RAA builds support, understanding

6th annual fundraising dinner-auction is April 6

Rebecca Neipp

News Review Staff Writer

RAA builds support, understanding“They say it takes a village to raise a child. I am very proud to see the way ours rallies around those children whose needs are more complicated than most,” said Cherish Rindt, founding member of Ridgecrest Autism Awareness.

For five years, RAA and its supporters have been raising funds and awareness to help children and families with special needs. As organizers geared up for their signature event (details below), the board and its supporters reflected on how far the community has come toward helping, encouraging and understanding those who face daily obstacles in even the most mundane aspects of life.

“It’s hard. Some days it seems impossibly hard,” said Tina Warren, who has been a champion of the RAA movement — and generous contributor — since the beginning.

Because Warren’s daughter, Monica, is raising a son with autism, both have seen up close the challenges that come with it.

These challenges include nervous breakdowns that can be triggered by minute and unavoidable changes in routine — and that leave children, and potentially their parents, frustrated and traumatized.

Before Warren’s grandson, Jessie, was diagnosed, his parents struggled with the feelings of guilt, inadequacy and fear that they were somehow doing something wrong.

“I don’t know if a diagnosis made the challenges any easier, but after watching this little family go from just constant battling and tears every day to finally feeling like they are making progress, and getting support, has made a big difference in their lives,” said Warren.

“I wish that other communities had that same level of support. Monica has since moved, and they don’t have anything like RAA in their new community. We are so very blessed here. We really are.”

While broader movements, such as Autism Speaks, have helped lay the groundwork in articulating the special challenges that come with the diagnosis, RAA has focused its efforts on education and support within our isolated community.

Warren said that activities like the sensory-friendly movie nights benefit not only autistic children, but also the parents and siblings who can relax in a sympathetic environment. “Being able to go and do things without feeling judged is important.

“And together, these families can share in the small things that other people might take for granted — making eye contact, getting hugs or hearing your child say ‘I love you.’”

Warren family members are among those who commit significant time and resources to the annual fundraiser, which will be held Friday, April 6, at the Kerr McGee Center. Doors open at 6 p.m., and festivities include dinner, entertainment and live and silent auctions.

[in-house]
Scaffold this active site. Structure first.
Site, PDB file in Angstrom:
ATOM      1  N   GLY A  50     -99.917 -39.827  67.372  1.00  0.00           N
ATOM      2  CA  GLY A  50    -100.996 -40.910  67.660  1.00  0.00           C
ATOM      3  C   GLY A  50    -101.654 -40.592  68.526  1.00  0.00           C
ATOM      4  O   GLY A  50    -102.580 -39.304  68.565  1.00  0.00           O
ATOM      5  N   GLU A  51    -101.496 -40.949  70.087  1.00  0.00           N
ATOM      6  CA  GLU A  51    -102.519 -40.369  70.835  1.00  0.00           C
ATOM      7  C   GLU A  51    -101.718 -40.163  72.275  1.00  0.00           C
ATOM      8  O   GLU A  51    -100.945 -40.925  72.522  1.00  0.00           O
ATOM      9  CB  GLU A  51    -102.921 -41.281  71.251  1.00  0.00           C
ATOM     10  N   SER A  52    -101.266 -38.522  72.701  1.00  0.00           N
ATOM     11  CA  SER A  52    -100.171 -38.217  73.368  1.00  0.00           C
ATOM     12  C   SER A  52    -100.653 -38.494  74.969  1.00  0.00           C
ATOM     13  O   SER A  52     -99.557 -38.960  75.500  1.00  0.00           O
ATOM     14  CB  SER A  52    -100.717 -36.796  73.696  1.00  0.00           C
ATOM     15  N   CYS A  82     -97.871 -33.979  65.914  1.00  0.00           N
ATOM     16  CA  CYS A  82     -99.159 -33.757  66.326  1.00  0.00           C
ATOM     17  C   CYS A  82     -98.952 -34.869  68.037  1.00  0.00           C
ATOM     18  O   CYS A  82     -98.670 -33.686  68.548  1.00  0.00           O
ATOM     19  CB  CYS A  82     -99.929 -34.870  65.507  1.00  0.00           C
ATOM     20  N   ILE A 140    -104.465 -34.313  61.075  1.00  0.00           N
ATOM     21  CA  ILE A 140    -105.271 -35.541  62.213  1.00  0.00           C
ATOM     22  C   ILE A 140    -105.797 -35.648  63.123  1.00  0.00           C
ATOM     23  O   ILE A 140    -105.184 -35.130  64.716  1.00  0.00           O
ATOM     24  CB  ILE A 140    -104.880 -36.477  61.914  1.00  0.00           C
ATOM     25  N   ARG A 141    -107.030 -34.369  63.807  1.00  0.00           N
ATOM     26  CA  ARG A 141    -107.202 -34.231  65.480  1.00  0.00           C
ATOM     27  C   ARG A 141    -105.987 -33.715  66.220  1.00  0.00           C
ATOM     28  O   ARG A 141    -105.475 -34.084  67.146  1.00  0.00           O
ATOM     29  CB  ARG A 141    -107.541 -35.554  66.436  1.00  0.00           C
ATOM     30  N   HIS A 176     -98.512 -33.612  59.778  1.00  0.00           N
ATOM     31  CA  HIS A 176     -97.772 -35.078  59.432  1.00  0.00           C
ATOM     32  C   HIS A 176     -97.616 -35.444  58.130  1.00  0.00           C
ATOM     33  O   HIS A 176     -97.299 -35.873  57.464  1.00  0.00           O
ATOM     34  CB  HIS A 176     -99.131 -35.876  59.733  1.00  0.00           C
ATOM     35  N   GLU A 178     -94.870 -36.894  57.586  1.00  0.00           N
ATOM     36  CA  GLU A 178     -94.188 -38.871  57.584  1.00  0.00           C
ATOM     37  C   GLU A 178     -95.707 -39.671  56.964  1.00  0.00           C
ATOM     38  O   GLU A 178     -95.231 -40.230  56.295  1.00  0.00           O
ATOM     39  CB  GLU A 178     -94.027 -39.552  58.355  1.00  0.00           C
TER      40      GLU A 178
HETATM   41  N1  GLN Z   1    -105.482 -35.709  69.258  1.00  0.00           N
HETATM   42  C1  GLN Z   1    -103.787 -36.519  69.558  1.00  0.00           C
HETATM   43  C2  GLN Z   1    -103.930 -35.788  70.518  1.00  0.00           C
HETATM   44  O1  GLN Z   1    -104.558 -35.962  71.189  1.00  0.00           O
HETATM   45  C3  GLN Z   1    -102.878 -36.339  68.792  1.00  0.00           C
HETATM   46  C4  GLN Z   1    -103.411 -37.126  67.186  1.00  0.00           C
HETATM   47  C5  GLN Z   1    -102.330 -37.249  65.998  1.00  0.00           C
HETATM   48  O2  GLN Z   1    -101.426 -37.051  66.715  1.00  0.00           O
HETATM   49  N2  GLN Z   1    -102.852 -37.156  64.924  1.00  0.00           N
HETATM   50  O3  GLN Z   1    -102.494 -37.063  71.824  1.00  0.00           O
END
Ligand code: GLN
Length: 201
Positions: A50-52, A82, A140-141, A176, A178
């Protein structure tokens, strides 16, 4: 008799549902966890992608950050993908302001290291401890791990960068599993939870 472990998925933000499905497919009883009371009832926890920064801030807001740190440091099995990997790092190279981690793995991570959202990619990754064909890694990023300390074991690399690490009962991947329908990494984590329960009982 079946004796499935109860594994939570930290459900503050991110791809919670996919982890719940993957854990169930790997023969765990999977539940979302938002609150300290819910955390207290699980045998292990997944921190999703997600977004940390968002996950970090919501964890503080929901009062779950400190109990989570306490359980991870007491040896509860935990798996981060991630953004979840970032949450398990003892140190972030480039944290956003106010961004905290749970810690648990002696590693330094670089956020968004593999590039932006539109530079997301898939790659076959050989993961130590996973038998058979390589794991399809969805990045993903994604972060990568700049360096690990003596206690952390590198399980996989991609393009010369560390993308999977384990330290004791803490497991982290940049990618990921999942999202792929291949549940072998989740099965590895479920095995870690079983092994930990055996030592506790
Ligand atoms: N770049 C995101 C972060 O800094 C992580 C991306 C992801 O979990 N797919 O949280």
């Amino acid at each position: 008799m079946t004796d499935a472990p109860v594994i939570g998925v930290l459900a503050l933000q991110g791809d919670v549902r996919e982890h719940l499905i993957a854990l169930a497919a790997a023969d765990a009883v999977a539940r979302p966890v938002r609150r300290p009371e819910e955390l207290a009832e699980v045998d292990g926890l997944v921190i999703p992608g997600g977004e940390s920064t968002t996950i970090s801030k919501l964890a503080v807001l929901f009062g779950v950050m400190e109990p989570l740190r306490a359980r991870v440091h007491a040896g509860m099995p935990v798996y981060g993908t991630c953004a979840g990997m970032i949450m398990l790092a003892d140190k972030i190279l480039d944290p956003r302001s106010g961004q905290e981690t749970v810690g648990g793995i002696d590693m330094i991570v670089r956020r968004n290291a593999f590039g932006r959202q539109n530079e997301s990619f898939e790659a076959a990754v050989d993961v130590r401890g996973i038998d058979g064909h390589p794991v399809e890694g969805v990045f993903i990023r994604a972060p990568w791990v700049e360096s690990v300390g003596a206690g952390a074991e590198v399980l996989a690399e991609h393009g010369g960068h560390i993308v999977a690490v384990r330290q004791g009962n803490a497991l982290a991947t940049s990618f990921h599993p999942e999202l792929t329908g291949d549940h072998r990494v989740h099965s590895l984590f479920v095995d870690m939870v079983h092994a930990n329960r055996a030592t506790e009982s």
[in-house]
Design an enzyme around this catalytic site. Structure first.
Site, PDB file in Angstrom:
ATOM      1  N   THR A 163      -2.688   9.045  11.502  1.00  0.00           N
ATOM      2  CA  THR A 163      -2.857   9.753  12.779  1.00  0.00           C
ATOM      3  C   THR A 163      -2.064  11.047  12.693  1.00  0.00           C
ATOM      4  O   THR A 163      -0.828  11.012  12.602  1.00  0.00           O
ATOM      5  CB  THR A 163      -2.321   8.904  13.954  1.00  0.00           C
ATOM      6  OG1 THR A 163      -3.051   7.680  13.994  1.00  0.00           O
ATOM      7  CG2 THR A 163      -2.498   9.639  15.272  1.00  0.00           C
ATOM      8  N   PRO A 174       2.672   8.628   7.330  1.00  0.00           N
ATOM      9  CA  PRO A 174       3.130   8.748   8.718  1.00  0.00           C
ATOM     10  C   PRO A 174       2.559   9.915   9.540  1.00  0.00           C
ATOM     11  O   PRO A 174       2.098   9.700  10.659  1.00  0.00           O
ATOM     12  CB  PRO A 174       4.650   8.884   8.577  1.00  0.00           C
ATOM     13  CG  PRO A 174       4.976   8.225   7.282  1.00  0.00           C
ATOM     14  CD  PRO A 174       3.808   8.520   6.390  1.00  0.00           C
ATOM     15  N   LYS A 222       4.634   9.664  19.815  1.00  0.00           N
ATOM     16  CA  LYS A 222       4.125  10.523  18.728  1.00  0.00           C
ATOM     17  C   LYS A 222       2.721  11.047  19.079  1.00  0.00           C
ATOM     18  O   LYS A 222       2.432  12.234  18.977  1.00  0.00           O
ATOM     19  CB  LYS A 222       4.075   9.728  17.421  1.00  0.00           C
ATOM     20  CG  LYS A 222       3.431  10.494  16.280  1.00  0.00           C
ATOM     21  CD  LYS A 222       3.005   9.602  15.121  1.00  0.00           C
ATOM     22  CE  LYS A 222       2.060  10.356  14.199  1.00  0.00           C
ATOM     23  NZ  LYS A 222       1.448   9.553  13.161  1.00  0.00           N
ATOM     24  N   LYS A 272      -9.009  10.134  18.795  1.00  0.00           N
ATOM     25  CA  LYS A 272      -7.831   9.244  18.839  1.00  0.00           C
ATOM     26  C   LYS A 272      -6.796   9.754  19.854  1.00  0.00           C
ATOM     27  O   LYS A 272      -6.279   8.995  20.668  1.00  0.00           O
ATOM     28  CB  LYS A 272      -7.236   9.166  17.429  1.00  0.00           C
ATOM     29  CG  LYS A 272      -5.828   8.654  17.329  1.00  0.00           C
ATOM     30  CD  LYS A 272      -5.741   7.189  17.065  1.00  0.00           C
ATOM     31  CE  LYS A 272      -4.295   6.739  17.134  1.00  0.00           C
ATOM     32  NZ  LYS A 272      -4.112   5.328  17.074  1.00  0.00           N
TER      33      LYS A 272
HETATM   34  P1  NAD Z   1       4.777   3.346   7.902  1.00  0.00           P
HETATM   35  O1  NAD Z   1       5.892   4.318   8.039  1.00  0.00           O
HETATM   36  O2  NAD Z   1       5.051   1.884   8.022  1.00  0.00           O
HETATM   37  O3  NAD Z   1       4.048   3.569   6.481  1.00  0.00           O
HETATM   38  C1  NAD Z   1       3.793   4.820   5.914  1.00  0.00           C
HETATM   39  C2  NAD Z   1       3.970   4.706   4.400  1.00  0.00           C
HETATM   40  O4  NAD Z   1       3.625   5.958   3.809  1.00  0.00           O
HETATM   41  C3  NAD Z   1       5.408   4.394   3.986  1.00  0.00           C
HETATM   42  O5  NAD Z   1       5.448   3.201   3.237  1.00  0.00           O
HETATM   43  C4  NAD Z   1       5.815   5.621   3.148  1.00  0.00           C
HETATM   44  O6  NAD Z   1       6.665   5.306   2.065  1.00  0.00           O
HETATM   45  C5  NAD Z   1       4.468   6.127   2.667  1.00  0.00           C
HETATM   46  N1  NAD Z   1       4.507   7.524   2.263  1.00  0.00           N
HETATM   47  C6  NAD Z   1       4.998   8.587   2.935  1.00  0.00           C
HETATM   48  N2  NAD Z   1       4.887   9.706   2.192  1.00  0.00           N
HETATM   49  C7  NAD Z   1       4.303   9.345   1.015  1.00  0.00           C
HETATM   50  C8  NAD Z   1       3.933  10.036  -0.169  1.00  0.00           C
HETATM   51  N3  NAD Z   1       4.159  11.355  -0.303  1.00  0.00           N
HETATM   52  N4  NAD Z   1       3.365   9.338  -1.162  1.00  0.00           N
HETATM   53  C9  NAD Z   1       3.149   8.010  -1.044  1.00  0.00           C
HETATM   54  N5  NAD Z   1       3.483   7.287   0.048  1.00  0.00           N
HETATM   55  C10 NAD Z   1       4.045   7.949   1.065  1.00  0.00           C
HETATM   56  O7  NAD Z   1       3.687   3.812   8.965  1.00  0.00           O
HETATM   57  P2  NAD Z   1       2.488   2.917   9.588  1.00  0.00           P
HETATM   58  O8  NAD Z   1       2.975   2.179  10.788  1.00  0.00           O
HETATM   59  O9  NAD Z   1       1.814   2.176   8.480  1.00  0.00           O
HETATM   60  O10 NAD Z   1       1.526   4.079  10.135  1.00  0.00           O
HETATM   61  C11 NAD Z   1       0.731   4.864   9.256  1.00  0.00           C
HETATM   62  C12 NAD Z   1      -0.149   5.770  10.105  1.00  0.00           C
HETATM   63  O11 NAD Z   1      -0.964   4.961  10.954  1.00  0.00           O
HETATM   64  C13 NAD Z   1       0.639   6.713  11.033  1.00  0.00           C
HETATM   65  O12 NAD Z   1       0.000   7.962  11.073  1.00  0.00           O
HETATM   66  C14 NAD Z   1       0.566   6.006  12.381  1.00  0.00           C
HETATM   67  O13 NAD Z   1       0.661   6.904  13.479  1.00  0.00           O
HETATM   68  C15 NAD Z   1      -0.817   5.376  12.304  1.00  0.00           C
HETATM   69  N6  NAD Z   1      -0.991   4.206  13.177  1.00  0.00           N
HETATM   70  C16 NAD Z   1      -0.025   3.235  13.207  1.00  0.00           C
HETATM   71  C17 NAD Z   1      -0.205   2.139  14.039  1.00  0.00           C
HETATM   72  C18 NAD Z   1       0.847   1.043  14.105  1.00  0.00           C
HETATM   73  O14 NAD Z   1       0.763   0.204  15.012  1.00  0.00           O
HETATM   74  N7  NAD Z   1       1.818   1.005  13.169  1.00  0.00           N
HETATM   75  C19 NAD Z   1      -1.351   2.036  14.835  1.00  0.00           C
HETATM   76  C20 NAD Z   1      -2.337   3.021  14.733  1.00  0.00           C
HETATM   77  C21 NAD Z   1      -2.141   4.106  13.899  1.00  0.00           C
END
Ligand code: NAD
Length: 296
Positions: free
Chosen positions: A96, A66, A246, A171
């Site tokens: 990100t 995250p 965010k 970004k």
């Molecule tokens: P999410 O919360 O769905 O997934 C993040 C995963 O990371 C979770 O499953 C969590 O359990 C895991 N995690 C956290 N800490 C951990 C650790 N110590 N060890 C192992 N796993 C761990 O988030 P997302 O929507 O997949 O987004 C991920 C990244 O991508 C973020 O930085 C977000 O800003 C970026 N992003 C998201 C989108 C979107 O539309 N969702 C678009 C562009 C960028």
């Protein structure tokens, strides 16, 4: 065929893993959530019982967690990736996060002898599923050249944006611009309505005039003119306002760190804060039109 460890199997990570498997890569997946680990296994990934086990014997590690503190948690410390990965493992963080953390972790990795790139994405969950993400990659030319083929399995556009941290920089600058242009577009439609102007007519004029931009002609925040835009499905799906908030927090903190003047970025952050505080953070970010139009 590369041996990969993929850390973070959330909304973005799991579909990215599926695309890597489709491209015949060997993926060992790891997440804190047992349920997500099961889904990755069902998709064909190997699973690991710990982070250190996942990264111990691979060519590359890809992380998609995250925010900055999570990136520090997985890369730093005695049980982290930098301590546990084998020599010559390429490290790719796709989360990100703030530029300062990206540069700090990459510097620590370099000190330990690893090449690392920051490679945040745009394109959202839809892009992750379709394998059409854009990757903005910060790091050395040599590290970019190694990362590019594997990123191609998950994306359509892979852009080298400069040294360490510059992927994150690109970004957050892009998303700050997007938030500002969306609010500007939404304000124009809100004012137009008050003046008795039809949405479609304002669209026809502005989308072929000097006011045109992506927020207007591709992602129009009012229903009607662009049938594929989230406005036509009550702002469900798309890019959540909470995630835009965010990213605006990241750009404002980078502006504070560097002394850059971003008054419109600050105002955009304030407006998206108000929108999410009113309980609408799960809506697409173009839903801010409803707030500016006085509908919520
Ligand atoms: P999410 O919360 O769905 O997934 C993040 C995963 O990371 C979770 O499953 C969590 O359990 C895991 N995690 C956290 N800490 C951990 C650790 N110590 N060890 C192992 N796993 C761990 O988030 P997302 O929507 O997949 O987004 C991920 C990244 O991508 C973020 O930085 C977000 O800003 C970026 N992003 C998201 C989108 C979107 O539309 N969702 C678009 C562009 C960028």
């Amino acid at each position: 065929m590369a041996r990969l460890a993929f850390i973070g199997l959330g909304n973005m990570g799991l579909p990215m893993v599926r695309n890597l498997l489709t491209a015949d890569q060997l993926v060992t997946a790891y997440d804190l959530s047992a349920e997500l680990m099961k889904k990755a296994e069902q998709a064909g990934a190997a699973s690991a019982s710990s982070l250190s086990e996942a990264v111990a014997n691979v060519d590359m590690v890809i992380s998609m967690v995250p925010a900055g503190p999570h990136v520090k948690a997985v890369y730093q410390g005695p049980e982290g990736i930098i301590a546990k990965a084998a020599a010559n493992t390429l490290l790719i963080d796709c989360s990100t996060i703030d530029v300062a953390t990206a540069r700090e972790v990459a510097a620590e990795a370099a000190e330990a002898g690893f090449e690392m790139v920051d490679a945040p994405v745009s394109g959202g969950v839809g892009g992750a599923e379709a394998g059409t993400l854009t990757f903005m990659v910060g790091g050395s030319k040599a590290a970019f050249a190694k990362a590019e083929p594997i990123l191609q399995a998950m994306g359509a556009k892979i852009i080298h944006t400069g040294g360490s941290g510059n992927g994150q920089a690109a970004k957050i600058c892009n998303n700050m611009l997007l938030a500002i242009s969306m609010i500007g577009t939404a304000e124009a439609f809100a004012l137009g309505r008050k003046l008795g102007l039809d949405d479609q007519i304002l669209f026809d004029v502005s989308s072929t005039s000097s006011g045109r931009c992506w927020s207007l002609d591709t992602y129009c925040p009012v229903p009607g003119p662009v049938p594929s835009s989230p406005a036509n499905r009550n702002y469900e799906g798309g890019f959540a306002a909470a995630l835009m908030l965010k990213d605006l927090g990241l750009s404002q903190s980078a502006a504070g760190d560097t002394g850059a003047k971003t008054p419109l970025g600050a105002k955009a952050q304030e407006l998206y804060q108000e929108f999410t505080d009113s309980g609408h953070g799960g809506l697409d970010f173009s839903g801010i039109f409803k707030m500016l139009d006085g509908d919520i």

Last year,the Warren family solicited, created or bid on about $7,000 worth of items to help support the cause. The event raised more than $56,000, which facilitated opening a sensory center for families. Other ongoing projects include education and training, family activities and adaptive equipment for local facilities.

Subtle benefits of the movement include creating a landscape that allows these children to be embraced. Warren said that her family experienced one of these touching moments when Jessie was in first grade.

Because Jessie had difficulty in certain situations — like feeling lost or crowded in the midst of his peers — his teacher took special consideration to make him feel comfortable and connected. “Well, these kids didn’t know he was autistic. Even Jessie didn’t know at that point. But the other children in his class started to get jealous of the attention he was getting.”

So the teacher approached Monica and asked permission to share Jessie’s diagnosis as a teachable moment for the rest of the class.

In his absence, the teacher asked the children a series of questions about how they felt at being startled or crowded or overwhelmed by noise. Most indicated that they were uncomfortable in one or more of these conditions.

“The teacher then explained to them, ‘Now imagine, not liking things, what it feels like for Jessie — who can hear noises first and more intensely.’ Then she explained what autism is and how Jessie experiences things. From that day forward, the classroom was totally changed. The other students wanted to help him.

“Jessie still had his bad meltdowns, and I know it affected the other children and made them nervous, but they understood.”

Warren said that her daughter has since found that, without an advocate in her new community, getting her son the right help has been more challenging.

“I want people to know that what we have here is amazing and so very important.”

For more information email cherish@ridgecrestautismawareness.com or call 760-977-3020.

Pictured: Longtime RAA supporters Tina (left)?and Rusty (foreground)?Warren at a previous auction. — News Review file photo

Story First Published: 2018-03-30